One-eyed kitty finds love and safety thanks to transport by PTTR

Cye started life homeless in Virginia – until a Good Samaritan took pity on her and helped her find shelter at the Pittsville Pet Center. But Pittsville Pet Center takes in over 1,500 pets a year. Sometimes they get overcrowded and that puts pets in danger – especially those that have special needs like Cye. But the staff there works hard to save as many as possible and one of the ways they do that is to partner with organizations like Animal Rescue League in Portland, Maine (ARLGP) and Animal Welfare Society (AWS) in West Kennebunk where animals often get adopted quickly.

Sounds simple enough, right? Not when you consider that Portland is a 12-hour, 800 mile drive from Pittsville. PTTR to the rescue! In January, Top Dog Pilot Michael Schneider and co-pilot Daniel Baumel took to the skies once again. Cye and 29 other cats were loaded into the new Pilots to the Rescue Piper PA-32R-301T for the 4-hour flight. By early afternoon, Cye and her friends were safe in Maine.

Once settled in at Animal Welfare Society, a comprehensive veterinary examination revealed that Cye wasn’t missing an eye as originally thought, but had a tiny, non-functioning eye. It may have been caused by a birth defect, developmental, or due to injury or disease. It is not uncommon in cats, but requires surgery to prevent future infection, abscess or inflammation.

Otherwise healthy, Cye was scheduled for surgery. But before the big day came, she scored a new home. A loving family fell in love and adopted her on the spot!

The staff at AWS gave them all her medical records and explained the situation with her eye. Cye spent the next few days getting used to finally having a home, then had her surgery – paid for by AWS. She was able to recover in her now-familiar, loving, safe, home.  That’s a long way from homeless and alone in Virginia and Pilots to the Rescue is proud to have played a part in her story.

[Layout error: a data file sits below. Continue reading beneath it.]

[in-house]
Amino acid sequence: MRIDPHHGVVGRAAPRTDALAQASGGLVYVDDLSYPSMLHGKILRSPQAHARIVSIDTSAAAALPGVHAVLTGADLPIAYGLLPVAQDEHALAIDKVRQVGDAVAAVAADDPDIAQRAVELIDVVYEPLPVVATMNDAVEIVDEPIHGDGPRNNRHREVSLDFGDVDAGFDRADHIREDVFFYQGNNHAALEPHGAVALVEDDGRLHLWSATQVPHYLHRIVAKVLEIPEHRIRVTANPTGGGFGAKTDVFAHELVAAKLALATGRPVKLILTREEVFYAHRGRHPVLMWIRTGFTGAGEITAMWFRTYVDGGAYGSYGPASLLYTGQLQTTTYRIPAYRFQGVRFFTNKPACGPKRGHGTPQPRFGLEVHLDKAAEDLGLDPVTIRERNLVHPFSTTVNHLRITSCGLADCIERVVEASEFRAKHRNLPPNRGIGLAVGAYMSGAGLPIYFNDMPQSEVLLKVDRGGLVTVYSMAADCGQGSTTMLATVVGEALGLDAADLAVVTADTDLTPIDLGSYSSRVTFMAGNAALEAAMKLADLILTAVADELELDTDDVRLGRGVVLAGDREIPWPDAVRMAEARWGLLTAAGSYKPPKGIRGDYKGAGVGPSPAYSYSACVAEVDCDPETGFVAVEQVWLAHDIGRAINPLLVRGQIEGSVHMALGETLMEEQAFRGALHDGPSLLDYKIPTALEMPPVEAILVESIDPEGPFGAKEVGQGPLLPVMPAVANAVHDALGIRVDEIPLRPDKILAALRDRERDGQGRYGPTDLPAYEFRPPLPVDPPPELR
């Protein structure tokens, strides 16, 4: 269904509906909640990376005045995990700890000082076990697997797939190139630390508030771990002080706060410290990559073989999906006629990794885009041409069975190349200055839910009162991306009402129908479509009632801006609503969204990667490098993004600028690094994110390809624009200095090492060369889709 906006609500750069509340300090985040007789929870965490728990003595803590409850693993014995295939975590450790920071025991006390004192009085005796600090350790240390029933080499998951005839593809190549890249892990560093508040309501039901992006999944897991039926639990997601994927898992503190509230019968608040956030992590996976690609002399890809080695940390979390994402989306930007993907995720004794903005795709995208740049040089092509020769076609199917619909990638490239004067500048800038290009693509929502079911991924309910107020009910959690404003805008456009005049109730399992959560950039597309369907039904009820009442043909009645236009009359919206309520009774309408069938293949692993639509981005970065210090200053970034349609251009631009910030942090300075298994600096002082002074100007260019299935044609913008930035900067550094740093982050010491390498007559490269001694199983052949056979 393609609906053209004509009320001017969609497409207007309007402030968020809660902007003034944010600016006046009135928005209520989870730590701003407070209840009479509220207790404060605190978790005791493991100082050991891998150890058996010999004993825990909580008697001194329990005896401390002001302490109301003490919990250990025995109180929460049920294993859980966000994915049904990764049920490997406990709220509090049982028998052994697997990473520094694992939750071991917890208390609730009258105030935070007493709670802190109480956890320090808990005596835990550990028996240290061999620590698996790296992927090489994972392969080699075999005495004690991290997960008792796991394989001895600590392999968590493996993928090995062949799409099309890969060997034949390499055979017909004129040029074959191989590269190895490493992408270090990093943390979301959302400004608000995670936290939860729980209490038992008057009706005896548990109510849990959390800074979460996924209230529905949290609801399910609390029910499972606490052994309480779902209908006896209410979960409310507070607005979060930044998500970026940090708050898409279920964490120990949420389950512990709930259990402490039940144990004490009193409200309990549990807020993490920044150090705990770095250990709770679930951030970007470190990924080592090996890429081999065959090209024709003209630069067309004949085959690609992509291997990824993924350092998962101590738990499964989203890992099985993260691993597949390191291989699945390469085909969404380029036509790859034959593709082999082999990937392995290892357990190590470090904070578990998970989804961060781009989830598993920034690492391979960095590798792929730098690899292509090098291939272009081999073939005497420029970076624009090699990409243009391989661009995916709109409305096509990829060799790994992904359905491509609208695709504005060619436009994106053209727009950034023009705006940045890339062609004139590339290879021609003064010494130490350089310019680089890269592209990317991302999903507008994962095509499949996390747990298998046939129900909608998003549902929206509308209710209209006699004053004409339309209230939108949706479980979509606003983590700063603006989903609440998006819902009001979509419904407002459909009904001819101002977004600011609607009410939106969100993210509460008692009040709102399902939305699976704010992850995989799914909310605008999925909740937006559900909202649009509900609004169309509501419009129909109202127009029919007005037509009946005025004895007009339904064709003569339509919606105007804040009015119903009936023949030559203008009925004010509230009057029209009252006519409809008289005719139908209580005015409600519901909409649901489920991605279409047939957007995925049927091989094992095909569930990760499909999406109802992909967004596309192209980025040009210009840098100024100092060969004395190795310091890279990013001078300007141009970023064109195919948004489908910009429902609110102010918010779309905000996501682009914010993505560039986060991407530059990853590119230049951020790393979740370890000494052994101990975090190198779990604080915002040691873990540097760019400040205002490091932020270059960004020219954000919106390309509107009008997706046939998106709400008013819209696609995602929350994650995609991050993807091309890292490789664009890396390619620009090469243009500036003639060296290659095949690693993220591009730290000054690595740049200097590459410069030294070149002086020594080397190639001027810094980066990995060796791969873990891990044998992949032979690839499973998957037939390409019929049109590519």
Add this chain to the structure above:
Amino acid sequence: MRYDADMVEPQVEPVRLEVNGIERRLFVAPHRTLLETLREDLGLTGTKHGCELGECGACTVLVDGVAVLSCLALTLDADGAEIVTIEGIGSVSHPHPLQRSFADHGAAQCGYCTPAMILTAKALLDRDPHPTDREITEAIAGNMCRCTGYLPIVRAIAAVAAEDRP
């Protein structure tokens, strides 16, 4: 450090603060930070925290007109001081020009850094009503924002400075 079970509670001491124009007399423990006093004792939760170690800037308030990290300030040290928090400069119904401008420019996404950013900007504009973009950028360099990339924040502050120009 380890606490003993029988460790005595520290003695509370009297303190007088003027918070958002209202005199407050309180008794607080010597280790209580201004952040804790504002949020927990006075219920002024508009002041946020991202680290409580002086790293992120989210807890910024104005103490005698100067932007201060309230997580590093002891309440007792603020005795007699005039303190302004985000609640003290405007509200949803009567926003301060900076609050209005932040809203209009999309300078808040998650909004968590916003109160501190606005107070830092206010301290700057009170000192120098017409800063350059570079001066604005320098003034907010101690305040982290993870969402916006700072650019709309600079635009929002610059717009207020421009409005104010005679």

MAJOR AIRLINES Alaska Airlines – Pet in cabin – $100.00 USD each way Pet in baggage – $100.00 USD each way. Animal doesn’t have to be owned the traveler and can be a rescue pet. • The pet carrier counts toward your carry-on bag allotment. You may bring either a pet carrier and a personal item, or a pet carrier and a standard size carry-on bag. You may not board the aircraft with a pet carrier, a standard size carry-on, and a personal item. • A customer may travel with a maximum of 2 pet carriers in the main cabin, only when the adjacent seat is purchased by the same customer. • Pets allowed in the passenger cabin are dogs, cats, rabbits, and household birds. Dogs and cats must be at least 8 weeks old and must have been fully weaned. • Up to 2 pets of the same species and similar size may travel in the same carrier, provided no body parts protrude from the carrier and the animals are not in distress. Brachycephalic or “short-nosed” dogs and cats are not accepted for travel in the cargo compartment on Alaska Airlines flights (including flights operated by Horizon, SkyWest, or PenAir). Dogs: boston terrier, boxer (all breeds), bull dog (all breeds), bull terrier, brussels griffon, chow chow, english toy spaniel, japanese spaniel/japanese chin, mastiff (all breeds), pekingese, pit bull (all breeds), pug (all breeds), shih tzu, staffordshire terrier. Cats: Burmese, Exotic Shorthair, Himalayan, Persian. All pets traveling in the cargo compartment on Alaska Airlines (including flights operated by Horizon, SkyWest and PenAir) must have a health certificate dated within 10 days of initial travel and 30 days of return travel, when the return flight is booked in the same record. Pets traveling on a return flight booked in a separate record are required to have a health certificate dated within 10 days of that flight. A health certificate is not required for pets traveling in the cabin with their passenger; however, many states have specific importation health and vaccination requirements.
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